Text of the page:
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OSCON: Open Source, Open World. What should we discuss there?

In one week the open source community will meet at OSCON. I'll be part of a panel - Open Source, Open World - that will discuss the success and challenges for open source worldwide. Danese Cooper, that is hosting the panel, asked the participants to list a few questions that we should discuss on the panel.

Nnenna Nwakanma has proposed some issues. I also have lots of questions... I don't think all of them are pertinent to the panel, but I think they are relevant to what is happening at OSCON. My main problem is that I'm never able to write something short, so, I'm not sure how many questions I'll be able to write until OSCON starts. But I need to start from somewhere. So, here is my first question.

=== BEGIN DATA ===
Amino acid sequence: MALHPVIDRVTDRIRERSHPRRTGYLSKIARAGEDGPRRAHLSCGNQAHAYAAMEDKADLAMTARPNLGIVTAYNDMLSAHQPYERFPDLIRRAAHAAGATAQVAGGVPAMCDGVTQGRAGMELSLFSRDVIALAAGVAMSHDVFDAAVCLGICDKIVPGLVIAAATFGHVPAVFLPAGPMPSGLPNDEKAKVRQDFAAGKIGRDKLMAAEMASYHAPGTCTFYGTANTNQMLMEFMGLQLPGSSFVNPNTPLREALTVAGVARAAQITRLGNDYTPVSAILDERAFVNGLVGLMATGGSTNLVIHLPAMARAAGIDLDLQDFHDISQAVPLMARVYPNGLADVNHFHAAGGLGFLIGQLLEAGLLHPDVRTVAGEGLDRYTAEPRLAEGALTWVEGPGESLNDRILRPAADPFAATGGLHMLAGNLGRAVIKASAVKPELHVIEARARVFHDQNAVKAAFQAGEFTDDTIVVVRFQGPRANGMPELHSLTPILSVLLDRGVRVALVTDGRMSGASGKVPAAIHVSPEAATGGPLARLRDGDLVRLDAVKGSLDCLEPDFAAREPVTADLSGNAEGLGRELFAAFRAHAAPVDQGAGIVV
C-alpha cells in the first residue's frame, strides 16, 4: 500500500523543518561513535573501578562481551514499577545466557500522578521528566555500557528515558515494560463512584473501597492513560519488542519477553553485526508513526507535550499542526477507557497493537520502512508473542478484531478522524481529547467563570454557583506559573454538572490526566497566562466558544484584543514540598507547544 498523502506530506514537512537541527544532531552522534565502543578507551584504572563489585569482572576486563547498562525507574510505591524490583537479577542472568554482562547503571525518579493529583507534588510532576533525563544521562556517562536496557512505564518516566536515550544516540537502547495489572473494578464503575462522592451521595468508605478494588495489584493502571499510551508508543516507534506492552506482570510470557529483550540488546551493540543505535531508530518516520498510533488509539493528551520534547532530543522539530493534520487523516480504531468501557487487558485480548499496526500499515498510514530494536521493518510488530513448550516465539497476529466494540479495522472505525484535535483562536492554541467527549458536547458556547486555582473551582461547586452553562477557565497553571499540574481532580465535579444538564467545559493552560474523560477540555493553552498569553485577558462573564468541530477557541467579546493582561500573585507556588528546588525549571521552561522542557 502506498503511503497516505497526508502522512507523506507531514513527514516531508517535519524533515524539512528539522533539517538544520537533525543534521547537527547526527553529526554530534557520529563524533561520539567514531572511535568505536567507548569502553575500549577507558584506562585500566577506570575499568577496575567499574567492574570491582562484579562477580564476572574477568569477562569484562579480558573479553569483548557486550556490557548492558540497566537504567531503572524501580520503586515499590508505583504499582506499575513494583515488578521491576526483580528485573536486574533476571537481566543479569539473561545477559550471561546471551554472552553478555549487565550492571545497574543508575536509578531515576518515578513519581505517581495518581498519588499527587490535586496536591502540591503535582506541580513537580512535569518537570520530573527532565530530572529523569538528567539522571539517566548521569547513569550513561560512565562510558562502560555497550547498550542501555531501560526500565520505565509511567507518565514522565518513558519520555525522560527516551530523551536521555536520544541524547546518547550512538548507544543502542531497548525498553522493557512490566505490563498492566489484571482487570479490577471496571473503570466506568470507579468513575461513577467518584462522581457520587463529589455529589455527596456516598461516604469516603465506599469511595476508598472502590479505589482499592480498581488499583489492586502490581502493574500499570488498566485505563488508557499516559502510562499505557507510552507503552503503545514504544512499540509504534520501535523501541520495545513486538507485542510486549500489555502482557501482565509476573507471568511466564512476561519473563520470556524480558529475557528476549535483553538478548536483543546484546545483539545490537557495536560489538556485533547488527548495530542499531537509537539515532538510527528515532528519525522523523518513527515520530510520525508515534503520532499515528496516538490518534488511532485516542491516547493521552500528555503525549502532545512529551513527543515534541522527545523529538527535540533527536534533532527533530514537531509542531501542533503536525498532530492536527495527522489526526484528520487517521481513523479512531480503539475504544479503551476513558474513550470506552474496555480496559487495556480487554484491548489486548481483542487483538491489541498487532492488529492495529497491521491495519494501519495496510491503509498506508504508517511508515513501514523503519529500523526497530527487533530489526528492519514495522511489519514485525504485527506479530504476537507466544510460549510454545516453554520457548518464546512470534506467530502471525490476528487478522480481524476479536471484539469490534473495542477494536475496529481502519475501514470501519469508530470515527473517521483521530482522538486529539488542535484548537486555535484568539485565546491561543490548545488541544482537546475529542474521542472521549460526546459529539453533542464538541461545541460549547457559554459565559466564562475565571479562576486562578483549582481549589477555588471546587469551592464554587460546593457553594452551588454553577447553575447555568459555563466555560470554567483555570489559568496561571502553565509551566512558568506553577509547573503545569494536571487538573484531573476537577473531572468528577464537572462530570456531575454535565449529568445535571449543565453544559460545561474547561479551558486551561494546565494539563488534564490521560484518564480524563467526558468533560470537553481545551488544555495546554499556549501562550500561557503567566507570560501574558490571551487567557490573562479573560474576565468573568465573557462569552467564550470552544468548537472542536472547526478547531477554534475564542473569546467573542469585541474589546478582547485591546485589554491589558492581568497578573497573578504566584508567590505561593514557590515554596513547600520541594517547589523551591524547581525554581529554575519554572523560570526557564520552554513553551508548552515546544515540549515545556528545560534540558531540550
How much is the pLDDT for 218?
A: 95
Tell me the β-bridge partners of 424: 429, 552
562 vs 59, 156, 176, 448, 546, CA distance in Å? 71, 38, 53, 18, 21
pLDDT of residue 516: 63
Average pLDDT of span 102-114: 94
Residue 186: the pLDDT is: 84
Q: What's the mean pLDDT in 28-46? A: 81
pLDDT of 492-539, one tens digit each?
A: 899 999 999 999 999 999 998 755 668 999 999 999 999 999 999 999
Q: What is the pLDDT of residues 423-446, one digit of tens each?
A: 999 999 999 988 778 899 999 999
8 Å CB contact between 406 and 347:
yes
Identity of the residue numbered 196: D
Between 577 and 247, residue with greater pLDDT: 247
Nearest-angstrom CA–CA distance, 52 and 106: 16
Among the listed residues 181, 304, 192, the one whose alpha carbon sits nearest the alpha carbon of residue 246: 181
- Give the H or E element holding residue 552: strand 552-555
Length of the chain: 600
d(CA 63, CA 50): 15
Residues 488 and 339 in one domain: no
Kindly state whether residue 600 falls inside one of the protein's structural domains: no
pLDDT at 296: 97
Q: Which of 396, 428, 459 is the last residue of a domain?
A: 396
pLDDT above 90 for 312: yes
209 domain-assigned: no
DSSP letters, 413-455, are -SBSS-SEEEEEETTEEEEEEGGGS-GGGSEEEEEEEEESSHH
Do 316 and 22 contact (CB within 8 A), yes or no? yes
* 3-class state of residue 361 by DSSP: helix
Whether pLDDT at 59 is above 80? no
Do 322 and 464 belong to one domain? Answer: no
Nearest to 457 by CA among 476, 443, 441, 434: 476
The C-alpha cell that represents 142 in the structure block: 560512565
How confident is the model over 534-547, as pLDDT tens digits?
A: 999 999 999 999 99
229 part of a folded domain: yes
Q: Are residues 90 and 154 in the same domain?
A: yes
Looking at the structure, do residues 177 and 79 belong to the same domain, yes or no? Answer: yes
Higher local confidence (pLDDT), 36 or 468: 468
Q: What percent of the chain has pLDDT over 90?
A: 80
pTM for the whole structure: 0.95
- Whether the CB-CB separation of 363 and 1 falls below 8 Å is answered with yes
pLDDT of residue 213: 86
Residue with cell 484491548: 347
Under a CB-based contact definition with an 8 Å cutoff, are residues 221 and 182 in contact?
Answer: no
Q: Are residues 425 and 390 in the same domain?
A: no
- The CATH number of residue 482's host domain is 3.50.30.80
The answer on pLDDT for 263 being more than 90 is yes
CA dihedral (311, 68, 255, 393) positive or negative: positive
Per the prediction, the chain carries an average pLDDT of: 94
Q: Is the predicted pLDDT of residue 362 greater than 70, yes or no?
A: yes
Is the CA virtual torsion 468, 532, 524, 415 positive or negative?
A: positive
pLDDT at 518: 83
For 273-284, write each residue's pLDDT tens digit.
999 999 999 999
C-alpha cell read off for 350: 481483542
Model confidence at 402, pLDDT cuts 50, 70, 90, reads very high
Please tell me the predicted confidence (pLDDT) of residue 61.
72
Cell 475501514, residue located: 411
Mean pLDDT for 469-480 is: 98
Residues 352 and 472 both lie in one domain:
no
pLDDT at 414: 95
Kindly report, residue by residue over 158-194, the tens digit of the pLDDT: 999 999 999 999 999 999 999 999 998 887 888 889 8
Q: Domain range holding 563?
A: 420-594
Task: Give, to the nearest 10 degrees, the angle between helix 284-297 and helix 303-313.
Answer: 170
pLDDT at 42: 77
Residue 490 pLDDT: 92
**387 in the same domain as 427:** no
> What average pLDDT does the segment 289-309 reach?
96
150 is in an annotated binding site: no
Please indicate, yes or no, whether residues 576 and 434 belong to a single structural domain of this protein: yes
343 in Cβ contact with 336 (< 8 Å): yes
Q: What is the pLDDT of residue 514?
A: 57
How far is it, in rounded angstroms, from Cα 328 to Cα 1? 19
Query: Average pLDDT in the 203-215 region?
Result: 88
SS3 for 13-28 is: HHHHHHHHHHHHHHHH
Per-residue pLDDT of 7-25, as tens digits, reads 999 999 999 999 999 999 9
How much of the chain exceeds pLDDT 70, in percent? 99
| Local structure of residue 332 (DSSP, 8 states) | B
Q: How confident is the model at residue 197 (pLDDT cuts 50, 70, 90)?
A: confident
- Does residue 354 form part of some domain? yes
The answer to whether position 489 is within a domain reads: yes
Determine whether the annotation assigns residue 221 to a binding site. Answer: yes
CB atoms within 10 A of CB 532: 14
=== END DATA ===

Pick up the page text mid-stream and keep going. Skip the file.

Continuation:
The Open Source Initiative, OSI: is it relevant worldwide? How?

The OSI was created to certify Open Source Licenses, in order to protect developers from the many ways a license could be created to restrict the software's freedom of access and forking. Although licensing is the main service OSI does for the developer community, the organization also serves as hub around the fundamental work of evangelizing developers - and specially non-developers - on the importance and benefits of open source.

Once the term "open source" became well established by the early work of OSI and others, and when companies, lawyers and governments started to adopt it, it gained a strength of its own. It is not rare to find those that use and even promote open source, and does not know who the OSI is. Worst yet, even those that know OSI have doubts of the role it plays on the open source community.